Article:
One of the most important aspects of a surrogacy journey is the legal procedure and the surrogacy laws involved. Because any kind of assisted reproduction can be tricky, protecting your rights and the rights of your unborn child is paramount to ensuring your surrogacy process is completed smoothly and without any legal snags.
After you are matched with a surrogate here at American Surrogacy, you will need to choose an experienced law professional to handle the different parts of your surrogacy legal issues, including surrogacy contracts and any pre-birth orders needed to establish parentage. While we can provide you options for experienced lawyers and attorneys in your state, the decision will ultimately be up to you.
Before you choose a lawyer, however, it’s helpful to understand just what the gestational surrogacy laws require in your state. Laws will vary by state but, in general, it’s recommended you complete a couple of legal steps before you start the surrogacy process with a surrogate.
You can read about these steps below but, remember, you can call us anytime at 1-800-875-2229 with any questions you have about the surrogacy process. We can also refer to you legal resources for any questions you have about whether or not surrogacy is legal in your state.
After you find a surrogate to carry your child, the first thing you’ll need to do is complete a surrogacy agreement or contract, which will protect both you and the surrogate from any issues that come up during the surrogacy process. To complete a surrogacy contract, you and the surrogate will both need separate lawyers.
Your surrogacy arrangement will likely focus on two areas:
Financial Compensation: Depending on the laws on surrogacy in your state, your surrogate will be provided compensation for carrying your child. This amount will be agreed upon ahead of time, as well as the amount of money that may be additionally provided for pregnancy-related expenses like maternity clothes, hospitals bills and more.
This step is also important in determining whether (and how much) the surrogate’s insurance will cover her pregnancy expenses and what kind of reimbursement you may have to provide as intended parents.
Again, because there can be strict laws about compensation, you need to have an experienced attorney to help you draft this surrogacy agreement to avoid any criminal penalties from unlawful payment.
Social Requirements: This part of the surrogacy agreement will lay out expectations for both you as the intended parents and the surrogate. It will likely cover such things as who will attend doctor’s appointments with the surrogate and who will attend the birth of your child, as well as the responsibilities of the surrogate when she’s pregnant with your child (abstaining from drug and alcohol use, exercising on a regular basis, etc.) It will also address the surrogate’s rights when she’s pregnant to make sure that healthy boundaries are maintained throughout.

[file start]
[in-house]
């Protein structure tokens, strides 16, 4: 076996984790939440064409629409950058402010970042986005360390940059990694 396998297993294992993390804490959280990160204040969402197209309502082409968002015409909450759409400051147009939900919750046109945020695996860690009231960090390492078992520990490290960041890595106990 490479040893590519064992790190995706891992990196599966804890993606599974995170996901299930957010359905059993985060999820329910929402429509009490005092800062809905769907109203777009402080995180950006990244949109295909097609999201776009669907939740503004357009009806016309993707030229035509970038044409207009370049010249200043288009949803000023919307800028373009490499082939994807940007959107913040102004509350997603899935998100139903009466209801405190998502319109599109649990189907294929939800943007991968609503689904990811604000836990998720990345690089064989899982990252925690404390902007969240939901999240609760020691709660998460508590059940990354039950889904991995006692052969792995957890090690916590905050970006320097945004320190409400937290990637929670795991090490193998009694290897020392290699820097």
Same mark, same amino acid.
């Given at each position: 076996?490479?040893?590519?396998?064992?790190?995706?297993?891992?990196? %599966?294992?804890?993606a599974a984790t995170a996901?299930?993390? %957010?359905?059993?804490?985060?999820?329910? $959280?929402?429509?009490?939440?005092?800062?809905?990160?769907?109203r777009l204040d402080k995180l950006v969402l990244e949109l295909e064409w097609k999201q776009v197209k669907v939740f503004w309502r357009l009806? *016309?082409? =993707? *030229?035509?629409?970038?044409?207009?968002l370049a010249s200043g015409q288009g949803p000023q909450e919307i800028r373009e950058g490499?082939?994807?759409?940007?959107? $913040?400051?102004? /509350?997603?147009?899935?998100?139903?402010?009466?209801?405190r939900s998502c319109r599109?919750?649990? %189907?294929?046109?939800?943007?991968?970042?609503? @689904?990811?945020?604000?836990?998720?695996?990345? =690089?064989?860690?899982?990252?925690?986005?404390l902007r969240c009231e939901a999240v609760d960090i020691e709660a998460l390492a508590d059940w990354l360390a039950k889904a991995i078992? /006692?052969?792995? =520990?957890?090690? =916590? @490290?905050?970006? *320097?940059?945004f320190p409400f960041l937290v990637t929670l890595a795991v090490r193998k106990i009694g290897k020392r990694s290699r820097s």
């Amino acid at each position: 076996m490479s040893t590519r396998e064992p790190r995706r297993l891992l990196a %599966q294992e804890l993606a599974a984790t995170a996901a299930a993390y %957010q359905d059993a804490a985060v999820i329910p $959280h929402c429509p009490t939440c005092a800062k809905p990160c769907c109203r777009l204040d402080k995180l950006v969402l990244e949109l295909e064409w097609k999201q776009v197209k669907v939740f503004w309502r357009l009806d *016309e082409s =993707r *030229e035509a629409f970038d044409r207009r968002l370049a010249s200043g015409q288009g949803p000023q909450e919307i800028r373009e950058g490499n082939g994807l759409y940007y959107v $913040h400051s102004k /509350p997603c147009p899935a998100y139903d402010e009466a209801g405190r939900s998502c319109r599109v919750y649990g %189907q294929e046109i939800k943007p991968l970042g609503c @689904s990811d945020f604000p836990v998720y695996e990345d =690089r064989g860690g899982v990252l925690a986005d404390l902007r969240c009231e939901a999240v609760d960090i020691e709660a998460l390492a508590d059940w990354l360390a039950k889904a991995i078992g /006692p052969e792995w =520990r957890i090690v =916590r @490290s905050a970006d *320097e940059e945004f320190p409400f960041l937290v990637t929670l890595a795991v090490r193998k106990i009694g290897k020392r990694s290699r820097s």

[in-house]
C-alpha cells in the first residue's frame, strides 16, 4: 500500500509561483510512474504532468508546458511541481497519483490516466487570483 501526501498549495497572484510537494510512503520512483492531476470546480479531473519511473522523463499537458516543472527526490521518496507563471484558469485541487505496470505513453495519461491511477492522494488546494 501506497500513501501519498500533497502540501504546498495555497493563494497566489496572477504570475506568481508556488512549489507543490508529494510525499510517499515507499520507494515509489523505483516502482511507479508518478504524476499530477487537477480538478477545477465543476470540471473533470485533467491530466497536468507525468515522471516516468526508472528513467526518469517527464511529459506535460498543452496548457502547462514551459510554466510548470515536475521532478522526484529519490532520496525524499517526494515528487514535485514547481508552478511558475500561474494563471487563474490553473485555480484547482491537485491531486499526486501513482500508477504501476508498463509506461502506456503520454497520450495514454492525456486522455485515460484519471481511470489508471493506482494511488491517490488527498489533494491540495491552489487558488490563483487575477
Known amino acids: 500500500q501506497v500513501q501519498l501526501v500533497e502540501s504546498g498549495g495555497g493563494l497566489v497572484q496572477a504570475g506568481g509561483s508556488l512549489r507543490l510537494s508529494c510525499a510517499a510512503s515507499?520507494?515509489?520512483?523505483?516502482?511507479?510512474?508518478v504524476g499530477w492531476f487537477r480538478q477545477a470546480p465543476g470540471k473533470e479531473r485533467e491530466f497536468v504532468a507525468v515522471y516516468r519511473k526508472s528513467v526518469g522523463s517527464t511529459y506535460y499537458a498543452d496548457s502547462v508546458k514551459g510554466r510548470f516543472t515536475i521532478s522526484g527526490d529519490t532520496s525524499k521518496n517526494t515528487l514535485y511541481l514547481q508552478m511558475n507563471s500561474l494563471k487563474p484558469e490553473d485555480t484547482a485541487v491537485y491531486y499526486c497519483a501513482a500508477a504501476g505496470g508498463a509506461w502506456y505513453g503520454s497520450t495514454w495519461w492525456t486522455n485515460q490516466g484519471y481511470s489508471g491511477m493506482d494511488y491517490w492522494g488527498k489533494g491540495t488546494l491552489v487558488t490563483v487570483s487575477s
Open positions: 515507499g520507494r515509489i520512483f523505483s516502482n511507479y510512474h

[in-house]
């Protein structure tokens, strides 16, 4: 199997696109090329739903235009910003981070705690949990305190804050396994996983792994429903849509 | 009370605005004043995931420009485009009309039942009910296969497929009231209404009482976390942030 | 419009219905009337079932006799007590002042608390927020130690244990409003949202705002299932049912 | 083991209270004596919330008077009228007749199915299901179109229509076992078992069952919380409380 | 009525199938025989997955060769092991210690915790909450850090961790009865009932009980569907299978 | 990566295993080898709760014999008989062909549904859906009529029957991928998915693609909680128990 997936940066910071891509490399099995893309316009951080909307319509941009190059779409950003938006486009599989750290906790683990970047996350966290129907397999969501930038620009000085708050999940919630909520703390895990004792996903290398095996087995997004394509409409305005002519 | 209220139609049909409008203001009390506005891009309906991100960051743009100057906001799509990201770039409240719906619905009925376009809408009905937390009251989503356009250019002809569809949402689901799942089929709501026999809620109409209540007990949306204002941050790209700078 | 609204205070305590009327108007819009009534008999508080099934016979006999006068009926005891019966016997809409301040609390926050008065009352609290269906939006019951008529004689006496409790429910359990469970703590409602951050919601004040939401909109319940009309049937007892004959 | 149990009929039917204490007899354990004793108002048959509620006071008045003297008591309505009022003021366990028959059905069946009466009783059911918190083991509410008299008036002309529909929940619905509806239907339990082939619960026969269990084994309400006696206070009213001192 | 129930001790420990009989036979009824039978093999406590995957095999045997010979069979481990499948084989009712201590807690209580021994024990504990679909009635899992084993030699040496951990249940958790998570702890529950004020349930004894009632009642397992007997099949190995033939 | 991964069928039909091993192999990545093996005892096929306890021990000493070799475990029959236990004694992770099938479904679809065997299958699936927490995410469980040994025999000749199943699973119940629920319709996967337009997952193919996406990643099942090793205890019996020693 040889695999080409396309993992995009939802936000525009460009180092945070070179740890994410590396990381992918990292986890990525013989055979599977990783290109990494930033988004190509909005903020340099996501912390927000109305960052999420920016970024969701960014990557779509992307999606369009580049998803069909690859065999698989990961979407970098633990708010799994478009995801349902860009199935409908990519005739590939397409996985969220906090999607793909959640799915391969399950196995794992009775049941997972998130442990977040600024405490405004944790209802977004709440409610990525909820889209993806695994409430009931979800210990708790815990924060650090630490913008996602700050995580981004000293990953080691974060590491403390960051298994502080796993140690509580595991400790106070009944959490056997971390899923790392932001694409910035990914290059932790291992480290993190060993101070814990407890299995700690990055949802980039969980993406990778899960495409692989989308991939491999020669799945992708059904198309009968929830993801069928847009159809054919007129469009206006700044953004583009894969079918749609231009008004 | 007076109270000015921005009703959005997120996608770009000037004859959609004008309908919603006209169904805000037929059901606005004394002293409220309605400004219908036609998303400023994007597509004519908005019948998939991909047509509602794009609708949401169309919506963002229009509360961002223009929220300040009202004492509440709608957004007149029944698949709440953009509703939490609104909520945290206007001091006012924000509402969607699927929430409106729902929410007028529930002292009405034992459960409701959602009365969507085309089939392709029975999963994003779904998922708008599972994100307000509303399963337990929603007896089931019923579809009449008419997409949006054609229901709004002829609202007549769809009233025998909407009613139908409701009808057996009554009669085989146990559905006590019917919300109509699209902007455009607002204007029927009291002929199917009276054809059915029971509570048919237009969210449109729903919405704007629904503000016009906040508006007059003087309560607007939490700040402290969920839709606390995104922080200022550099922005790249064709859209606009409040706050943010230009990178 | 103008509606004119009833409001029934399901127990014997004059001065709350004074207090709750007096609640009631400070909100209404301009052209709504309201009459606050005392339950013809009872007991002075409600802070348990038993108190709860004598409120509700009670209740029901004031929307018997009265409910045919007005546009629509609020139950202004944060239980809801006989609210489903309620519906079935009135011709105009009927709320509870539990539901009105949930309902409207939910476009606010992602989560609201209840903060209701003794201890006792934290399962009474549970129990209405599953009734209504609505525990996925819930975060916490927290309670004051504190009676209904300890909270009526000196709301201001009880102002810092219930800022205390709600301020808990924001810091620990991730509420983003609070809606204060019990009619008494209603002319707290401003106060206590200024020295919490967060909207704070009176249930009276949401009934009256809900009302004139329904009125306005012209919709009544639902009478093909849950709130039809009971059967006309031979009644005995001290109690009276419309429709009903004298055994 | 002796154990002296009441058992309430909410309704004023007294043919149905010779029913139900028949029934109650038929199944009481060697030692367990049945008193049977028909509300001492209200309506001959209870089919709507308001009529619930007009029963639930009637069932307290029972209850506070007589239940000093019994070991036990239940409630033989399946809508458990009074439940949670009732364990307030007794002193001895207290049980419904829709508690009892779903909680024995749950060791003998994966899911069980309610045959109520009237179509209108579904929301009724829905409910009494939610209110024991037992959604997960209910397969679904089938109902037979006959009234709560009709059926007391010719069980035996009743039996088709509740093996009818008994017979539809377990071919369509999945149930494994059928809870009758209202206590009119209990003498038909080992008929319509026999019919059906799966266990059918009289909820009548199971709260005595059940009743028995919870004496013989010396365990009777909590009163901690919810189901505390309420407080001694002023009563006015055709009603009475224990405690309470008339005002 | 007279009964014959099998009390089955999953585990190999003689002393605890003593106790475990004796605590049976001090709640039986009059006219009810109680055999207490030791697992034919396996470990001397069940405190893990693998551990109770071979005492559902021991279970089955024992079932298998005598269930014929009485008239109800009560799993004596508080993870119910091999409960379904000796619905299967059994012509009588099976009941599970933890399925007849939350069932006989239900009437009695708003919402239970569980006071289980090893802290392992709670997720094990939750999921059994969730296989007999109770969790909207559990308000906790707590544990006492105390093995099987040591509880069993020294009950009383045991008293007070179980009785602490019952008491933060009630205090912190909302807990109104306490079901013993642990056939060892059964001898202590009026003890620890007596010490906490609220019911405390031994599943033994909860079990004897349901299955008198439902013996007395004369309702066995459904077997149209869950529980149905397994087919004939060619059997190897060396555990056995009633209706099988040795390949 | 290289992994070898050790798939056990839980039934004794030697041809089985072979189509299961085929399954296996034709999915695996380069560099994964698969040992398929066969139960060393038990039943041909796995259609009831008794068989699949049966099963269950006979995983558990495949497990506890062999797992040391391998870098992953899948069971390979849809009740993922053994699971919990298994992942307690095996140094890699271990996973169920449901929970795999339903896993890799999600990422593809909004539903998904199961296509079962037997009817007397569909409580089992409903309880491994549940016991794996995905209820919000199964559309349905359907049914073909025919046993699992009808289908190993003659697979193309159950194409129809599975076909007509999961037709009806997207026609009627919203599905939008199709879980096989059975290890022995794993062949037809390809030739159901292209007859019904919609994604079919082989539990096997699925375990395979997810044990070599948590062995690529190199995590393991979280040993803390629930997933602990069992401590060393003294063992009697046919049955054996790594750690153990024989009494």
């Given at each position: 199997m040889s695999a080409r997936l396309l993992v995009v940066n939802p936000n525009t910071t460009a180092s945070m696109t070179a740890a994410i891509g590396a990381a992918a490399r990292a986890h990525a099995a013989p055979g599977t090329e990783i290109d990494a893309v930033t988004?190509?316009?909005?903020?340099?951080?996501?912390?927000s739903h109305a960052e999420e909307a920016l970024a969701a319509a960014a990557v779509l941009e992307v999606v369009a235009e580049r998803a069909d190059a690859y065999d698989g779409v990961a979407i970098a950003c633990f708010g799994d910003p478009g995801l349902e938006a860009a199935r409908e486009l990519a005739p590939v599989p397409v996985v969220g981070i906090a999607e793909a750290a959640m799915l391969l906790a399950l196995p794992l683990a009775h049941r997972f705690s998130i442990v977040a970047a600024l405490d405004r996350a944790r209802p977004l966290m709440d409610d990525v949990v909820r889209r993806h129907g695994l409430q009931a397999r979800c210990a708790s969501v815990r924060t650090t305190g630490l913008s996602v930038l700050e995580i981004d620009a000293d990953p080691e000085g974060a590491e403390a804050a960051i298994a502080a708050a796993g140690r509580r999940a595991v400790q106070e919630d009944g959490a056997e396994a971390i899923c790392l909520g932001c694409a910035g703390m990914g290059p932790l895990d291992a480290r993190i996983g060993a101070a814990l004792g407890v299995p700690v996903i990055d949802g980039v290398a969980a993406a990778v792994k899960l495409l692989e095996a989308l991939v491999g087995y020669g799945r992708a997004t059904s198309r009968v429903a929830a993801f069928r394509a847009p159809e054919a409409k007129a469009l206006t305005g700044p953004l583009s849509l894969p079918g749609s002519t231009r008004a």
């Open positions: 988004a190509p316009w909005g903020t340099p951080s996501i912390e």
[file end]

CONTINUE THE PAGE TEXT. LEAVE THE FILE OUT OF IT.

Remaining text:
Whether or not these surrogacy contracts are legally enforceable will depend on the laws on surrogacy in your state. Therefore, it’s important that there is a mutual respect and understanding between you and your surrogate throughout the process, especially in the case that a surrogate contract will not hold up in court.
Again, at American Surrogacy, we can refer you to experienced legal professionals in your state, but it’s important that you do extensive research to make sure they are up-to-date on recent surrogacy acts and laws before selecting them as your legal counsel.
Another important part of the surrogacy legal process is to protect your rights as the legal parent of your child. In some states, because the child is being born to a different woman, she may be legally assumed to be the mother of that child — even though she shares no biological relationship with them.
To help smooth out the process of transferring parental rights from a surrogate to the intended parents, some states may allow you to complete pre-birth or parentage orders. Essentially, this order expedites the legal steps that would normally be taken after birth (like stepparent adoption) to secure a parent’s legal rights to their child. It will also allow your baby to be directly discharged to you after they’re born.